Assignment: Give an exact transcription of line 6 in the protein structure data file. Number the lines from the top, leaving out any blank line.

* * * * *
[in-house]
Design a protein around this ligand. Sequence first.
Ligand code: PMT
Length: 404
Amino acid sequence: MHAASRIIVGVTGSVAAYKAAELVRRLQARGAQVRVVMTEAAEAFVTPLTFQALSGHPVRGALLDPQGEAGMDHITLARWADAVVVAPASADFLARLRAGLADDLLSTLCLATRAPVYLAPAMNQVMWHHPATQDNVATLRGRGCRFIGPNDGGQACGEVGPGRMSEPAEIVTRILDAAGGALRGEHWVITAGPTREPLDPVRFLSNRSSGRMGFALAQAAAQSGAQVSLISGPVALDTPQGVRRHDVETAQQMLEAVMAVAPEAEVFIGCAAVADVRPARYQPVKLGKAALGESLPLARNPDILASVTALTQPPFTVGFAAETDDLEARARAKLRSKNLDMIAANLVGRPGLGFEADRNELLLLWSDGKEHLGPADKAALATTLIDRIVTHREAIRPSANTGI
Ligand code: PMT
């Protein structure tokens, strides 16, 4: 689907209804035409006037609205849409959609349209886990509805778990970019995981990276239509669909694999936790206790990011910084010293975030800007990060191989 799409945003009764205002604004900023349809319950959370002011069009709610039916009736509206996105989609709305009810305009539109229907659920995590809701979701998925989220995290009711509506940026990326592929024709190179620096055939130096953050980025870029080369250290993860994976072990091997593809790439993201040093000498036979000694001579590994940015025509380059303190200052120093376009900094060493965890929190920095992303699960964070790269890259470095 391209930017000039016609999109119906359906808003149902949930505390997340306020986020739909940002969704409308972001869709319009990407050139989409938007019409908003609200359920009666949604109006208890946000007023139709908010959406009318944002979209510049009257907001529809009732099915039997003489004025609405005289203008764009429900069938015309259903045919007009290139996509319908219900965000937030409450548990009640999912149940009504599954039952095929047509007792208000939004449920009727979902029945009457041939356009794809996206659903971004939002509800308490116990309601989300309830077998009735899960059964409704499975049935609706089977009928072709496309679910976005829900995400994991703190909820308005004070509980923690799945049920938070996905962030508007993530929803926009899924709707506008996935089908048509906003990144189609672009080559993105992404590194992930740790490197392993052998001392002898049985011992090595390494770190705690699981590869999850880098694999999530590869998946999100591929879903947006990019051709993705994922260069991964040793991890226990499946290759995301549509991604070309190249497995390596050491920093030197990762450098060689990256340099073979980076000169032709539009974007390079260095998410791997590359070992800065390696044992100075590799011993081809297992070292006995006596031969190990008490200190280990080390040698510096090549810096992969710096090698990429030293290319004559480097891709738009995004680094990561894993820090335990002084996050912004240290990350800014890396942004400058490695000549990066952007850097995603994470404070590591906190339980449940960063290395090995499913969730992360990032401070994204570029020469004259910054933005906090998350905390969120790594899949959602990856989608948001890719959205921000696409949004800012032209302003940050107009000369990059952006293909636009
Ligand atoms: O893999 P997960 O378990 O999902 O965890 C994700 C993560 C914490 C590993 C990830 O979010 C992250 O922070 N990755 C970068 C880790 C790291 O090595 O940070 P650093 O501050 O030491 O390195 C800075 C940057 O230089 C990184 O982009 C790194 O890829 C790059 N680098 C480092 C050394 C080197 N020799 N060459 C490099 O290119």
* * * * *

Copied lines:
Ligand code: PMT